RE: Look at the life of Joseph. Joseph’s dream came about because he interpreted the dream of other people. Joseph had a dream, and at the time it was interpreted as prideful and arrogant by his brothers. When he served in Potiphar’s house he interpreted the dream of Potiphar’s, but he was rejected in that house. But he kept interpreting dreams. In the prison, he kept interpreting dreams. What put him in the position of prime minister of Egypt? It was that he interpreted Pharaoh’s dream. So interpreting the dreams of all of the people that he was under actually put him in a position to realise his dream.

What makes people great is interpreting the dreams of the people that God has called them to follow. That’s what makes great leaders. To be a great leader, you have to be a great follower.


6. What do the next 20 years hold for Planetshakers?

RE: What the next 20 years holds for Planetshakers is the same as what the last 20 years has held. Years of radical obedience. Because if you want radical results, you need radical obedience. Planetshakers success has not been based on based on Russell Evans’ talent, or Sam Evans’ talent, or anyone’s talent; it’s been based on obeying what God says.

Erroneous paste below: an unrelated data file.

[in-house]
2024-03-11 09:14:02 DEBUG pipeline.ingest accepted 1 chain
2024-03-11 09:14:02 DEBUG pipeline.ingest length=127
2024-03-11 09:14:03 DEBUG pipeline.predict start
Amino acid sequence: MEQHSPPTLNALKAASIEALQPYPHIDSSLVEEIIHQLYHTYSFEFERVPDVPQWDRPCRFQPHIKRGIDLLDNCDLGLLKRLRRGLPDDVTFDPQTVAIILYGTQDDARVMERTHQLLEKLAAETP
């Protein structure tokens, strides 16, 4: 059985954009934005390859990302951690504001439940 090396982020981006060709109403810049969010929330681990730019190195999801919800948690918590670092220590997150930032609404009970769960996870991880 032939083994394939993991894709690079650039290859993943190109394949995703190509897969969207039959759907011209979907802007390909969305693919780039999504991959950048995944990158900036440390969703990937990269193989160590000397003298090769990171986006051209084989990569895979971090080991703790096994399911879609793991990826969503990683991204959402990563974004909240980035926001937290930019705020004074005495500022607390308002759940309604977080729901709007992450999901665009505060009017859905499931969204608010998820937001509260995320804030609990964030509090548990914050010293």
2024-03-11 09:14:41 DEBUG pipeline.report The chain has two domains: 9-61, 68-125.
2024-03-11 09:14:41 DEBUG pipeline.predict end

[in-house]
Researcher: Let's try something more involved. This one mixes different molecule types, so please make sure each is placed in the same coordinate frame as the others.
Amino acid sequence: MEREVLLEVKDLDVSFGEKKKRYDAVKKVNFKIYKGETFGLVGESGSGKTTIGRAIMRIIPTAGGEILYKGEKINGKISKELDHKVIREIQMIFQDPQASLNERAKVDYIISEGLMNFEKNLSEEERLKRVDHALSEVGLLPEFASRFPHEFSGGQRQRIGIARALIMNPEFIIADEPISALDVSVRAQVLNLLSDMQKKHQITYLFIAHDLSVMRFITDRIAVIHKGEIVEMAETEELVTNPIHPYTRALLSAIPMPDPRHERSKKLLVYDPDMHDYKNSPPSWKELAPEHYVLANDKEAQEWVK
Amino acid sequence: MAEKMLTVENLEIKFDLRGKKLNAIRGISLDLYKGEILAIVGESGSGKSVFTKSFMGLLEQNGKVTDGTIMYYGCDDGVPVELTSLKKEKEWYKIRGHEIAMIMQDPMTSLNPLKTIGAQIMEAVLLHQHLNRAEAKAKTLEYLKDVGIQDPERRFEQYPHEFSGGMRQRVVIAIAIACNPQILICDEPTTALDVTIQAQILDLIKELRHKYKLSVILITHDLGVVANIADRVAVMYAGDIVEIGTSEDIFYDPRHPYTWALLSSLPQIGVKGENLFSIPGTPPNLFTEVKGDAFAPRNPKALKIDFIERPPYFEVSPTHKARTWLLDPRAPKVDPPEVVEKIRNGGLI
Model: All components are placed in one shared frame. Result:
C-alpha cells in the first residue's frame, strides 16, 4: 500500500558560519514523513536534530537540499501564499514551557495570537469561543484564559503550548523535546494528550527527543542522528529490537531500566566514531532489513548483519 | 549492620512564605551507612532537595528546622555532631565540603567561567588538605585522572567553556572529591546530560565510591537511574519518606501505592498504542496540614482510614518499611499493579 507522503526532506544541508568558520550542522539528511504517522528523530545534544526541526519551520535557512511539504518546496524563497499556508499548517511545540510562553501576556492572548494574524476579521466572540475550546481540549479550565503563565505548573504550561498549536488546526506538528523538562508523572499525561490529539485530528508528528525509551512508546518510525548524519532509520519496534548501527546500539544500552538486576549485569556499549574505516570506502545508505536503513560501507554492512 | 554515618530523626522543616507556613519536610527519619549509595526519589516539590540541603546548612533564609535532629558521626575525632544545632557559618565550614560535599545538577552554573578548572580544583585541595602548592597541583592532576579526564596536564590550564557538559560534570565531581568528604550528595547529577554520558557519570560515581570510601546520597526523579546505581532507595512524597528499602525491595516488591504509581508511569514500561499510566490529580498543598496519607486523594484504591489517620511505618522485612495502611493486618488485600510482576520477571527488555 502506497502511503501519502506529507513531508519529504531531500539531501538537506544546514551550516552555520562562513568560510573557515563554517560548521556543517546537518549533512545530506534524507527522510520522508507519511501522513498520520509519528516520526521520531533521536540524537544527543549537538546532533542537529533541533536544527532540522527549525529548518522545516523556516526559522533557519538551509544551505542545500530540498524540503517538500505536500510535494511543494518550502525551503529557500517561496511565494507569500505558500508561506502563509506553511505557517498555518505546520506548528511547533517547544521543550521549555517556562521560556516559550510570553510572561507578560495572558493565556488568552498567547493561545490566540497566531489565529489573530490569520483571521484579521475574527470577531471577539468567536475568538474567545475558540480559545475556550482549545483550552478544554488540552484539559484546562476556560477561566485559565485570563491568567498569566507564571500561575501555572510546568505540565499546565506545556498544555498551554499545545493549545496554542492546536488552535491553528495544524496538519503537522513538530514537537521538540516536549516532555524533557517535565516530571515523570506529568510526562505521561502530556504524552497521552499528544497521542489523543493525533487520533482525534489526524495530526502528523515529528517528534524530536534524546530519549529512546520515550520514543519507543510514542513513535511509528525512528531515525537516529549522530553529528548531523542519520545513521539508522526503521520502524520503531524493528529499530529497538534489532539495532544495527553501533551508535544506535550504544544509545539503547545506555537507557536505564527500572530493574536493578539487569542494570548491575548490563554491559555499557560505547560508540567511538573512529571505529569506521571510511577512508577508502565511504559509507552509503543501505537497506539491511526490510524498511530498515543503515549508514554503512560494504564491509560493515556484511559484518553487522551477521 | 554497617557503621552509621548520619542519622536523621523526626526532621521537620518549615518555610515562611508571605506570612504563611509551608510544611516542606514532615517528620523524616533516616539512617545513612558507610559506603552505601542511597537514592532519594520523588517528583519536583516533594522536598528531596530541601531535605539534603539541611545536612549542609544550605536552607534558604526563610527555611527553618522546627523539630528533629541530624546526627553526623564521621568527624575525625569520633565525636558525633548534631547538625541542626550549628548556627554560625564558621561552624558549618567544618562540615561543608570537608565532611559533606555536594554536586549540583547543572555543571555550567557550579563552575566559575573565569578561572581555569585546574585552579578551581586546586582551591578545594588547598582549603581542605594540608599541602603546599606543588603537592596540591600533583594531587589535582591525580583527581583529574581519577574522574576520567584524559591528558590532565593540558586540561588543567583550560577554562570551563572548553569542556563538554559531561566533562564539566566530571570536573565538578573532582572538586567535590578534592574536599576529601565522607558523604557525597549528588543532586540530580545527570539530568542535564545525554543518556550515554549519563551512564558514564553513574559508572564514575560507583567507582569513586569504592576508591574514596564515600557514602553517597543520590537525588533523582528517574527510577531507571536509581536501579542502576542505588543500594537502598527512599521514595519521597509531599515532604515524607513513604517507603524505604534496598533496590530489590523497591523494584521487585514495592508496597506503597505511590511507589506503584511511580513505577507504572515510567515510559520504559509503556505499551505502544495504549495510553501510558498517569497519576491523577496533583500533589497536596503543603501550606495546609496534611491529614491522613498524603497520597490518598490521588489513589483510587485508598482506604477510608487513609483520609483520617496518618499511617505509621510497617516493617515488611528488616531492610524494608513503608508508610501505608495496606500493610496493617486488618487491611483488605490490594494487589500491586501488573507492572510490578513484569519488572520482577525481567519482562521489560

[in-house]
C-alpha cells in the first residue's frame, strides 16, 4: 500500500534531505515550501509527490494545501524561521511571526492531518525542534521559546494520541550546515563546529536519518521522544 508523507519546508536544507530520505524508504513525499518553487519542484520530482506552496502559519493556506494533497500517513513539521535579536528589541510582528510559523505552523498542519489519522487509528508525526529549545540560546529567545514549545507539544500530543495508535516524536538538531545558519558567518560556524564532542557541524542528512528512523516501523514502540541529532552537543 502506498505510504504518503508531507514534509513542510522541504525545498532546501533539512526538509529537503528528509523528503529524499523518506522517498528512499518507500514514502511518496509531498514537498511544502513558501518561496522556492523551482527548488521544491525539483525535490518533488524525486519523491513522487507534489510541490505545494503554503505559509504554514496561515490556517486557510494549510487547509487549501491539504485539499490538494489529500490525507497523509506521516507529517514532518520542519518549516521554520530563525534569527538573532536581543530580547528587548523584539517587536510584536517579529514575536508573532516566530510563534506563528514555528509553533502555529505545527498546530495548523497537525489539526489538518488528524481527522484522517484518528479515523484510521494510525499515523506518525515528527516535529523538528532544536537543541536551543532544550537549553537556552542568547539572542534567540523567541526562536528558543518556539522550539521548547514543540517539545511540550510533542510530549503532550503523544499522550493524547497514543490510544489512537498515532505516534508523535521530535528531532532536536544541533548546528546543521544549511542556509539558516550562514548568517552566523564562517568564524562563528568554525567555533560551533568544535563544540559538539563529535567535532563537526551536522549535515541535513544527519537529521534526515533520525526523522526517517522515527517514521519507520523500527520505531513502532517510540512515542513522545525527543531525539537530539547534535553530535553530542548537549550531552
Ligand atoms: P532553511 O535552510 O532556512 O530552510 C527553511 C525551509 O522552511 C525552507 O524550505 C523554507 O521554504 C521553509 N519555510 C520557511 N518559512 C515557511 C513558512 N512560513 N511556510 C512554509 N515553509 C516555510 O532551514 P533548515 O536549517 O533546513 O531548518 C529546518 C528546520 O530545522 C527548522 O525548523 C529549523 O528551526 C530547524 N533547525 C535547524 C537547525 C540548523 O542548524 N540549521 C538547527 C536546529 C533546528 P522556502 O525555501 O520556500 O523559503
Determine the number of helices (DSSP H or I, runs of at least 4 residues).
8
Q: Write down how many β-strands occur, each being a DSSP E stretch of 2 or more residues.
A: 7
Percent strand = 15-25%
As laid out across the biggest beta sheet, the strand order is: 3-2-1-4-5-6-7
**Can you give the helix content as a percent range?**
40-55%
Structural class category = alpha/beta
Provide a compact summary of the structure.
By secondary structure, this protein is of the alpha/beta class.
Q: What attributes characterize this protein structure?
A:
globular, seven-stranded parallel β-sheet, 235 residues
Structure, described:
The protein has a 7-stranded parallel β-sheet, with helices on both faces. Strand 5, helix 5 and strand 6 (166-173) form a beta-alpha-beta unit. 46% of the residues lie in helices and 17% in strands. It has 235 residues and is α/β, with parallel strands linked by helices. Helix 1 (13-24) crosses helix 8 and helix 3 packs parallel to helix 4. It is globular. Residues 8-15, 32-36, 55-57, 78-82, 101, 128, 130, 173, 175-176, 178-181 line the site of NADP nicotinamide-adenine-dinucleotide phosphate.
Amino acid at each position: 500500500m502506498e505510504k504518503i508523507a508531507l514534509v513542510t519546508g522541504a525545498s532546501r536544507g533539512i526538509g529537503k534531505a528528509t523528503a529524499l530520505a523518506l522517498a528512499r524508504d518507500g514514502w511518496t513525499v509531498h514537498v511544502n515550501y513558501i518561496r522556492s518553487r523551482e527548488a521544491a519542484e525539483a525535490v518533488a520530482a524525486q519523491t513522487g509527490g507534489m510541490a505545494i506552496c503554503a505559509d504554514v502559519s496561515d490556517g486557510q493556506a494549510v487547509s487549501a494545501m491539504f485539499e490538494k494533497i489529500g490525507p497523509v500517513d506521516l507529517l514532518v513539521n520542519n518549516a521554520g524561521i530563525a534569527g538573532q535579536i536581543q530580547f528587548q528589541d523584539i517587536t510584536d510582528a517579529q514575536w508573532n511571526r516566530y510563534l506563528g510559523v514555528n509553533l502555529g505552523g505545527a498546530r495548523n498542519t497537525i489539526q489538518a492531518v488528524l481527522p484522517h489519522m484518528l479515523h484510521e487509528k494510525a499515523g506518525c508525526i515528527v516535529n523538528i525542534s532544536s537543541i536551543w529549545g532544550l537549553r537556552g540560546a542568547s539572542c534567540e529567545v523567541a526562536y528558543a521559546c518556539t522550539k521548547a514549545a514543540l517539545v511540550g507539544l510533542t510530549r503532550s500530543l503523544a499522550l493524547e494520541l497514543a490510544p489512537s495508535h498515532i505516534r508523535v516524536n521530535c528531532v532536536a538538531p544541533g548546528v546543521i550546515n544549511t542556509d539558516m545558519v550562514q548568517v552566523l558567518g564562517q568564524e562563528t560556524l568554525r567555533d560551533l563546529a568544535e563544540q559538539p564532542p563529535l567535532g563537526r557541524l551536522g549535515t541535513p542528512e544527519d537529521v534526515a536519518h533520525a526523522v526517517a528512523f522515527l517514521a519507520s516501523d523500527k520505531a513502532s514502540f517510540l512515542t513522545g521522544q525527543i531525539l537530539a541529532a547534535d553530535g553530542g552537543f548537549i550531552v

The Bible says He guides our steps. There are times that God has told me things that have looked like reversals, but actually they’ve been set ups. I once heard somebody say “God’s reversals are sometimes God’s rehearsals so that He can set you up for something big”. All we have to do is obey God, and He will open up doors. We don’t have to pursue our own endeavours. He will open doors.

So I just keep obeying Him, and obeying Him, and obeying Him. Every step of the way. When He said “start a conference” we did, and it became a worldwide movement. He said “start a church” we did, and now we have 14,000 people in Melbourne, we have campuses in Cape Town, Austin, Geneva, and other places starting. He said “do praise and worship” and we did, and I had no idea what would happen out of that.

So we’ll just keep following Him. And if we keep following Him, He will guide us into success. If I follow me, all that we lead into is failure. So we’ll keep following Him. And if He guides our steps, He gets the glory. And it’s all about making Jesus famous.


Russell Evans | Founder of Planetshakers

One of the leading international communicators of this generation, Russell Evans comes from a rich multi-generational ministry heritage. In February 2004, Russell, along with wife, Sam, founded the 13,000 member Planetshakers Church. He has the rare capacity to relate equally to both younger and older generations of people due to his rich heritage and experience along with a passion for fresh music and empowerment of emerging leaders. He has committed his life to “empower generations to win generations.”